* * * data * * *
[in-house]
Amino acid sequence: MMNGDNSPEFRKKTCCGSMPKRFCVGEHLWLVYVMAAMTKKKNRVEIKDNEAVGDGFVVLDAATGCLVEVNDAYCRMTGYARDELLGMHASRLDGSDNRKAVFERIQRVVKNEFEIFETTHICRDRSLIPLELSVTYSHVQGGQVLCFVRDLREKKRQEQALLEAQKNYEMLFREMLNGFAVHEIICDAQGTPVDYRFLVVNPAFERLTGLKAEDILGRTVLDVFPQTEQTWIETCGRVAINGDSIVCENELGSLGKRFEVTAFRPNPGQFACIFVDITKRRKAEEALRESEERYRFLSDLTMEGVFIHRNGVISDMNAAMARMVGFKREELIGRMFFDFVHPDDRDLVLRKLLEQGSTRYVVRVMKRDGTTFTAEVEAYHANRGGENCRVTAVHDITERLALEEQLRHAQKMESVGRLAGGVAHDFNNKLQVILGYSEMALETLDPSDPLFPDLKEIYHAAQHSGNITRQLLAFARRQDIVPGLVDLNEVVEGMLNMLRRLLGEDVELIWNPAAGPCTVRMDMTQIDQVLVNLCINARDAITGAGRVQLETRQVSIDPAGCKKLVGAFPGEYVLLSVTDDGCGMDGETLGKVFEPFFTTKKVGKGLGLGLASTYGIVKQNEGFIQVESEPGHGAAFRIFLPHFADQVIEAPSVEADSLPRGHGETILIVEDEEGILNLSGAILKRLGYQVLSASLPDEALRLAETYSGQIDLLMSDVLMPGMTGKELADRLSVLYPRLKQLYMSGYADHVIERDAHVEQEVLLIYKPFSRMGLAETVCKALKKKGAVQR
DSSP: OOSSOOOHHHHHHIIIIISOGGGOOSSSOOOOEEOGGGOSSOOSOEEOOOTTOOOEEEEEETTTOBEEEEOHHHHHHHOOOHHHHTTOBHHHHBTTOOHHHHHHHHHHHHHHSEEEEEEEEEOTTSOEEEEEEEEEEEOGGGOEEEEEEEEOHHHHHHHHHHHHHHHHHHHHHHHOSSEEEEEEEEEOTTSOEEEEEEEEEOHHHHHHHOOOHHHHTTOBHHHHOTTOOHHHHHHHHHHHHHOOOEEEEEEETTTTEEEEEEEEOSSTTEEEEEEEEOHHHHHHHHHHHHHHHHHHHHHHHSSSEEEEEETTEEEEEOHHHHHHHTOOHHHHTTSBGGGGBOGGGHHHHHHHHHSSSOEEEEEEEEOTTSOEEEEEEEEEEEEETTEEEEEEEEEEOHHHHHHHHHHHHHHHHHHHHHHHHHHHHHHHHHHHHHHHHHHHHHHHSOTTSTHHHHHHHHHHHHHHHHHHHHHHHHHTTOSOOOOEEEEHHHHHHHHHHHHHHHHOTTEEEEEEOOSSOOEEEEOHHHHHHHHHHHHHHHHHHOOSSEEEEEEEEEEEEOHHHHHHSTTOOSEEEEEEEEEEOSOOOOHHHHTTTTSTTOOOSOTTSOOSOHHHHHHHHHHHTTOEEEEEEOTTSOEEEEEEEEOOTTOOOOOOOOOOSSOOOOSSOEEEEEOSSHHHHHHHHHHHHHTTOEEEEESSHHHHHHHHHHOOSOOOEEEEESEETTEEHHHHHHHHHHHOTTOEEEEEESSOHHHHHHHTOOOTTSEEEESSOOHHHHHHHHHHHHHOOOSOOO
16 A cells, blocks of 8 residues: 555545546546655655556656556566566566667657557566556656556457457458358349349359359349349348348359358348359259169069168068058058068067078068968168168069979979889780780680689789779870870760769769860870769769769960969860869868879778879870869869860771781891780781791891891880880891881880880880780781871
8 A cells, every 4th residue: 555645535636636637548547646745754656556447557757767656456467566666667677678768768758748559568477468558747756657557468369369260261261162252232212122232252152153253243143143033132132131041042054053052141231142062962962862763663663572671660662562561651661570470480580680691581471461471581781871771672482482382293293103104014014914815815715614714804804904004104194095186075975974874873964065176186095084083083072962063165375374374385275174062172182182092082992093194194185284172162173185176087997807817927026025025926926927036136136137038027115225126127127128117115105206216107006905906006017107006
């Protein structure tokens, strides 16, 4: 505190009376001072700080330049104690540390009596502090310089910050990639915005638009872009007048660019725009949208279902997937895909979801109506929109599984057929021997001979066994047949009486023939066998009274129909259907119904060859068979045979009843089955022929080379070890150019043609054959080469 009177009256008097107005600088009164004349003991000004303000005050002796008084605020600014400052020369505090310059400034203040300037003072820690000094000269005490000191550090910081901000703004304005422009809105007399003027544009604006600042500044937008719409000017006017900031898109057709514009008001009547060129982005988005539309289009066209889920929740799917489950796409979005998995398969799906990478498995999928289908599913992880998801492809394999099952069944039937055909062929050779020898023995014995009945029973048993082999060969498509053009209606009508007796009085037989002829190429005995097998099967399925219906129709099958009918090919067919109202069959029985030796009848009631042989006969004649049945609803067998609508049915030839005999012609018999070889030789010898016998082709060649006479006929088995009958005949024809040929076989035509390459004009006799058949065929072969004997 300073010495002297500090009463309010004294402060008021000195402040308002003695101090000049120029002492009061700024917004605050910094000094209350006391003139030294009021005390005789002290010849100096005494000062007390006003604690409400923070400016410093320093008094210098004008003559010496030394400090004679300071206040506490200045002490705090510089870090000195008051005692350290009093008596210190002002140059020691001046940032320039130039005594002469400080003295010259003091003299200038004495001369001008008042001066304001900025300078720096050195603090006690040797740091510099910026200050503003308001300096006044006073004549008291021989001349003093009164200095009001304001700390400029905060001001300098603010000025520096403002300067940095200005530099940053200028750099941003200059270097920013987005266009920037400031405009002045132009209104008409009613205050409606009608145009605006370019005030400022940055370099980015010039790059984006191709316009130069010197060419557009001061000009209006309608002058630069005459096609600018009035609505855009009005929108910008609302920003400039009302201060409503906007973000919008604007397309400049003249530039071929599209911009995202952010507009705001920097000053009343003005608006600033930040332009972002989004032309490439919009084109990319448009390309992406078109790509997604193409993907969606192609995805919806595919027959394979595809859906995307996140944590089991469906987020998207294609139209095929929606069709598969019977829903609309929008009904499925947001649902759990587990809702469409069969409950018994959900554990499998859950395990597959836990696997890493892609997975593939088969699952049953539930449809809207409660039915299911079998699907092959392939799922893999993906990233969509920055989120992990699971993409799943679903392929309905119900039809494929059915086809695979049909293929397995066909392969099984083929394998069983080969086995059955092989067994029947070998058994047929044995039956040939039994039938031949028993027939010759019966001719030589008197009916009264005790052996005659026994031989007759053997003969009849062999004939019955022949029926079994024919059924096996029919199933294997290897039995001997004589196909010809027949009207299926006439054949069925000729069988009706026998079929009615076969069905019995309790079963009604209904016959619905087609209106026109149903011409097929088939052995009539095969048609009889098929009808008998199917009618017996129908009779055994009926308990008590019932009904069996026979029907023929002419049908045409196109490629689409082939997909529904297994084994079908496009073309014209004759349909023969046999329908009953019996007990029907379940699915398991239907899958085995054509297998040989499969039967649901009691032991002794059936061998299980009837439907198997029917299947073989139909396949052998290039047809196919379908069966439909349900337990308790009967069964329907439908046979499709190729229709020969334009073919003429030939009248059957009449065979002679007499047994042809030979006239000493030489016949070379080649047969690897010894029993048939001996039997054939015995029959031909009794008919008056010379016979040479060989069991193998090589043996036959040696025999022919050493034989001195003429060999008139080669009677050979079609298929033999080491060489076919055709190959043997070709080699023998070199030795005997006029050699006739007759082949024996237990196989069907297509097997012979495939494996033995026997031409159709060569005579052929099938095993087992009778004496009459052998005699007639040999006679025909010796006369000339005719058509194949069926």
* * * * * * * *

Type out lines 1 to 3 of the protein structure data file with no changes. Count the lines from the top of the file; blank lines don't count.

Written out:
[in-house]
Amino acid sequence: MMNGDNSPEFRKKTCCGSMPKRFCVGEHLWLVYVMAAMTKKKNRVEIKDNEAVGDGFVVLDAATGCLVEVNDAYCRMTGYARDELLGMHASRLDGSDNRKAVFERIQRVVKNEFEIFETTHICRDRSLIPLELSVTYSHVQGGQVLCFVRDLREKKRQEQALLEAQKNYEMLFREMLNGFAVHEIICDAQGTPVDYRFLVVNPAFERLTGLKAEDILGRTVLDVFPQTEQTWIETCGRVAINGDSIVCENELGSLGKRFEVTAFRPNPGQFACIFVDITKRRKAEEALRESEERYRFLSDLTMEGVFIHRNGVISDMNAAMARMVGFKREELIGRMFFDFVHPDDRDLVLRKLLEQGSTRYVVRVMKRDGTTFTAEVEAYHANRGGENCRVTAVHDITERLALEEQLRHAQKMESVGRLAGGVAHDFNNKLQVILGYSEMALETLDPSDPLFPDLKEIYHAAQHSGNITRQLLAFARRQDIVPGLVDLNEVVEGMLNMLRRLLGEDVELIWNPAAGPCTVRMDMTQIDQVLVNLCINARDAITGAGRVQLETRQVSIDPAGCKKLVGAFPGEYVLLSVTDDGCGMDGETLGKVFEPFFTTKKVGKGLGLGLASTYGIVKQNEGFIQVESEPGHGAAFRIFLPHFADQVIEAPSVEADSLPRGHGETILIVEDEEGILNLSGAILKRLGYQVLSASLPDEALRLAETYSGQIDLLMSDVLMPGMTGKELADRLSVLYPRLKQLYMSGYADHVIERDAHVEQEVLLIYKPFSRMGLAETVCKALKKKGAVQR
DSSP: OOSSOOOHHHHHHIIIIISOGGGOOSSSOOOOEEOGGGOSSOOSOEEOOOTTOOOEEEEEETTTOBEEEEOHHHHHHHOOOHHHHTTOBHHHHBTTOOHHHHHHHHHHHHHHSEEEEEEEEEOTTSOEEEEEEEEEEEOGGGOEEEEEEEEOHHHHHHHHHHHHHHHHHHHHHHHOSSEEEEEEEEEOTTSOEEEEEEEEEOHHHHHHHOOOHHHHTTOBHHHHOTTOOHHHHHHHHHHHHHOOOEEEEEEETTTTEEEEEEEEOSSTTEEEEEEEEOHHHHHHHHHHHHHHHHHHHHHHHSSSEEEEEETTEEEEEOHHHHHHHTOOHHHHTTSBGGGGBOGGGHHHHHHHHHSSSOEEEEEEEEOTTSOEEEEEEEEEEEEETTEEEEEEEEEEOHHHHHHHHHHHHHHHHHHHHHHHHHHHHHHHHHHHHHHHHHHHHHHHSOTTSTHHHHHHHHHHHHHHHHHHHHHHHHHTTOSOOOOEEEEHHHHHHHHHHHHHHHHOTTEEEEEEOOSSOOEEEEOHHHHHHHHHHHHHHHHHHOOSSEEEEEEEEEEEEOHHHHHHSTTOOSEEEEEEEEEEOSOOOOHHHHTTTTSTTOOOSOTTSOOSOHHHHHHHHHHHTTOEEEEEEOTTSOEEEEEEEEOOTTOOOOOOOOOOSSOOOOSSOEEEEEOSSHHHHHHHHHHHHHTTOEEEEESSHHHHHHHHHHOOSOOOEEEEESEETTEEHHHHHHHHHHHOTTOEEEEEESSOHHHHHHHTOOOTTSEEEESSOOHHHHHHHHHHHHHOOOSOOO